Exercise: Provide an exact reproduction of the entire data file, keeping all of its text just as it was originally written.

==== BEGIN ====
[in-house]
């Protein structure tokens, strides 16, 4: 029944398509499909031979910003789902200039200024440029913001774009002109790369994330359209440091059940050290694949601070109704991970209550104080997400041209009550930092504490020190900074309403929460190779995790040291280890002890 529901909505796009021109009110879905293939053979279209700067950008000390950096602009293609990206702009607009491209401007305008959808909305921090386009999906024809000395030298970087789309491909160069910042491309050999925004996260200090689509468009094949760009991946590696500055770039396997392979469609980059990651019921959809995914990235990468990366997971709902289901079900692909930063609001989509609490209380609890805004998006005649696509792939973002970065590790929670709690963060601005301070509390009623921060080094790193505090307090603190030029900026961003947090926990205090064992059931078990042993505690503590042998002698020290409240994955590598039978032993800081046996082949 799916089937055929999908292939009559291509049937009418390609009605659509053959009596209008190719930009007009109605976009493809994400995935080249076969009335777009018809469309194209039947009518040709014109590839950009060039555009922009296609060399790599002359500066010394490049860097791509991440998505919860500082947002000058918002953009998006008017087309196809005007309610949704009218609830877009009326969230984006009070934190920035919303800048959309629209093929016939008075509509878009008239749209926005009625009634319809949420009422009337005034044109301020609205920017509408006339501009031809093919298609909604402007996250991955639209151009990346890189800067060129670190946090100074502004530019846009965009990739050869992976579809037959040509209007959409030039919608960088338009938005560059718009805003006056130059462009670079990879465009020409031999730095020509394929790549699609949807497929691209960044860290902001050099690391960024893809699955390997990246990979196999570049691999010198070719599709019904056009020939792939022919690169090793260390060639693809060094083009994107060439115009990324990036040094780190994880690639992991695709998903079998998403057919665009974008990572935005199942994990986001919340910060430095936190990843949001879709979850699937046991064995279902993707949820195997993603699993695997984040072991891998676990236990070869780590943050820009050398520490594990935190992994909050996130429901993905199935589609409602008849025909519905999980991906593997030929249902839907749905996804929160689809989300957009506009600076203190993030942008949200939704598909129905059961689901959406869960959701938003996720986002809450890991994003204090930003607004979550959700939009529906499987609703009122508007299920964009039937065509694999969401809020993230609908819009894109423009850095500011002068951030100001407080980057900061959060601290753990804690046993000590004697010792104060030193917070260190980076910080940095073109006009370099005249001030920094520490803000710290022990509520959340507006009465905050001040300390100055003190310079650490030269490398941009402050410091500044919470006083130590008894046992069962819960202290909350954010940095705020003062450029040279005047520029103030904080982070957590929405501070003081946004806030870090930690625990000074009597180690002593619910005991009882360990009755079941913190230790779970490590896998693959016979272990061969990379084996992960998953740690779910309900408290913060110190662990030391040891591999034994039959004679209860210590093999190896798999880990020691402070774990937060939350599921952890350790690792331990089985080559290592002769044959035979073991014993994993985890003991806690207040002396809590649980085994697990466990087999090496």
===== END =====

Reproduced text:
[in-house]
């Protein structure tokens, strides 16, 4: 029944398509499909031979910003789902200039200024440029913001774009002109790369994330359209440091059940050290694949601070109704991970209550104080997400041209009550930092504490020190900074309403929460190779995790040291280890002890 529901909505796009021109009110879905293939053979279209700067950008000390950096602009293609990206702009607009491209401007305008959808909305921090386009999906024809000395030298970087789309491909160069910042491309050999925004996260200090689509468009094949760009991946590696500055770039396997392979469609980059990651019921959809995914990235990468990366997971709902289901079900692909930063609001989509609490209380609890805004998006005649696509792939973002970065590790929670709690963060601005301070509390009623921060080094790193505090307090603190030029900026961003947090926990205090064992059931078990042993505690503590042998002698020290409240994955590598039978032993800081046996082949 799916089937055929999908292939009559291509049937009418390609009605659509053959009596209008190719930009007009109605976009493809994400995935080249076969009335777009018809469309194209039947009518040709014109590839950009060039555009922009296609060399790599002359500066010394490049860097791509991440998505919860500082947002000058918002953009998006008017087309196809005007309610949704009218609830877009009326969230984006009070934190920035919303800048959309629209093929016939008075509509878009008239749209926005009625009634319809949420009422009337005034044109301020609205920017509408006339501009031809093919298609909604402007996250991955639209151009990346890189800067060129670190946090100074502004530019846009965009990739050869992976579809037959040509209007959409030039919608960088338009938005560059718009805003006056130059462009670079990879465009020409031999730095020509394929790549699609949807497929691209960044860290902001050099690391960024893809699955390997990246990979196999570049691999010198070719599709019904056009020939792939022919690169090793260390060639693809060094083009994107060439115009990324990036040094780190994880690639992991695709998903079998998403057919665009974008990572935005199942994990986001919340910060430095936190990843949001879709979850699937046991064995279902993707949820195997993603699993695997984040072991891998676990236990070869780590943050820009050398520490594990935190992994909050996130429901993905199935589609409602008849025909519905999980991906593997030929249902839907749905996804929160689809989300957009506009600076203190993030942008949200939704598909129905059961689901959406869960959701938003996720986002809450890991994003204090930003607004979550959700939009529906499987609703009122508007299920964009039937065509694999969401809020993230609908819009894109423009850095500011002068951030100001407080980057900061959060601290753990804690046993000590004697010792104060030193917070260190980076910080940095073109006009370099005249001030920094520490803000710290022990509520959340507006009465905050001040300390100055003190310079650490030269490398941009402050410091500044919470006083130590008894046992069962819960202290909350954010940095705020003062450029040279005047520029103030904080982070957590929405501070003081946004806030870090930690625990000074009597180690002593619910005991009882360990009755079941913190230790779970490590896998693959016979272990061969990379084996992960998953740690779910309900408290913060110190662990030391040891591999034994039959004679209860210590093999190896798999880990020691402070774990937060939350599921952890350790690792331990089985080559290592002769044959035979073991014993994993985890003991806690207040002396809590649980085994697990466990087999090496």